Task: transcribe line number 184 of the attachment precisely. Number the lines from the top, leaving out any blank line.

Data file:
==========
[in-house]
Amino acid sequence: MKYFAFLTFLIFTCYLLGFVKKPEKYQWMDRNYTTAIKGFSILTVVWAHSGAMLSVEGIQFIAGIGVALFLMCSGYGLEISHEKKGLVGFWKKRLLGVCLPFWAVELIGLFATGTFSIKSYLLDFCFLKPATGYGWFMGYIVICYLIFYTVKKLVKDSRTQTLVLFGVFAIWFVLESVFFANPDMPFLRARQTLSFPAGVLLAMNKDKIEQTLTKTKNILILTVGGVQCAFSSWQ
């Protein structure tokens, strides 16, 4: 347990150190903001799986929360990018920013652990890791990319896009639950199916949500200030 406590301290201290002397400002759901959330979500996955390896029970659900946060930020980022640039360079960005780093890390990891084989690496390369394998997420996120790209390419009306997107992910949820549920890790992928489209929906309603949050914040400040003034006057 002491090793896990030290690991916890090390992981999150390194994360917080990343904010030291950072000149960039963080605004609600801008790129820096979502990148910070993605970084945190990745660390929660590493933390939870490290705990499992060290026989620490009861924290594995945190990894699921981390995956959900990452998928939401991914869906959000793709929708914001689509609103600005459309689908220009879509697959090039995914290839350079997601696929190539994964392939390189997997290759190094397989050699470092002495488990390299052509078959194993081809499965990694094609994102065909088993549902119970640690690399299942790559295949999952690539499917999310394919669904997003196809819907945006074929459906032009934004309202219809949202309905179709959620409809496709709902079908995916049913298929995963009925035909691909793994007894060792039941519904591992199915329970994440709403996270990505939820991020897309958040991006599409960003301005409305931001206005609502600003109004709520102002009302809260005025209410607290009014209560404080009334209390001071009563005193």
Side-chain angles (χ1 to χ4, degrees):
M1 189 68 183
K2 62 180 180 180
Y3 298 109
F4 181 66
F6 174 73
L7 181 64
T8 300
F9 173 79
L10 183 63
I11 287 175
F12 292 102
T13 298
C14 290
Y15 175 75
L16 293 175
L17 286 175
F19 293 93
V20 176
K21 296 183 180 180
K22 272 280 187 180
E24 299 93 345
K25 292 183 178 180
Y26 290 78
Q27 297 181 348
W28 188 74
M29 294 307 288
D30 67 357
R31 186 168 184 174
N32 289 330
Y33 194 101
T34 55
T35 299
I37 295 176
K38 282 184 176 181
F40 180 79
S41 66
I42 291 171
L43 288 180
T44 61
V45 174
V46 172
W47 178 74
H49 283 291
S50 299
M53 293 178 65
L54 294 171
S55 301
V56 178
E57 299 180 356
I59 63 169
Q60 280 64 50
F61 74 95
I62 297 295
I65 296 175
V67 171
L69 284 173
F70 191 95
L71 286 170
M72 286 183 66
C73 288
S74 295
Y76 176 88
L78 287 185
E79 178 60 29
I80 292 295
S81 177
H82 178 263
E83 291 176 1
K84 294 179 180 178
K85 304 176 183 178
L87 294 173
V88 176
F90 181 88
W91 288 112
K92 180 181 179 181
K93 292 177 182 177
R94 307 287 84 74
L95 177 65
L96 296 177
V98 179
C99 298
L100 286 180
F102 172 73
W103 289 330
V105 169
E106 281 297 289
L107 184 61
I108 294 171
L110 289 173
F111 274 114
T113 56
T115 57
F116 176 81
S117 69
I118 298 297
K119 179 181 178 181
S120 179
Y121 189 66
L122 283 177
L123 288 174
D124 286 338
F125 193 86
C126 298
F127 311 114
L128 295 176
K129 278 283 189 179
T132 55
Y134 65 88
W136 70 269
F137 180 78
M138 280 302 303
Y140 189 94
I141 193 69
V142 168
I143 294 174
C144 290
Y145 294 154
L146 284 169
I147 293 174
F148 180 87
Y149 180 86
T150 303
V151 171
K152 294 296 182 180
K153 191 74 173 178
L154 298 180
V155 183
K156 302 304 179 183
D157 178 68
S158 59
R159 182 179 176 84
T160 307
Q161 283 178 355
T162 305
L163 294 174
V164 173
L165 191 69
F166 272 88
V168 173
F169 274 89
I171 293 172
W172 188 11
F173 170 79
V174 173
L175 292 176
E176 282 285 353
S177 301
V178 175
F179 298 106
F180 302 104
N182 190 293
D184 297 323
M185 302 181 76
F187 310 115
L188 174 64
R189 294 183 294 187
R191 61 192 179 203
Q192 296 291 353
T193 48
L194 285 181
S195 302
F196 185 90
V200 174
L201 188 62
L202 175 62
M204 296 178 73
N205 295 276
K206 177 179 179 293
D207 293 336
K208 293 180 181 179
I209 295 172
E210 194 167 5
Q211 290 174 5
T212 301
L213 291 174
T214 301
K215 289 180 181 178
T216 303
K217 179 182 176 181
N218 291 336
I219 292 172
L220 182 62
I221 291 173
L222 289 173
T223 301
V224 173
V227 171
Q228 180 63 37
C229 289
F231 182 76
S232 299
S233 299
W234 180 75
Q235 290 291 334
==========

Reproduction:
N218 291 336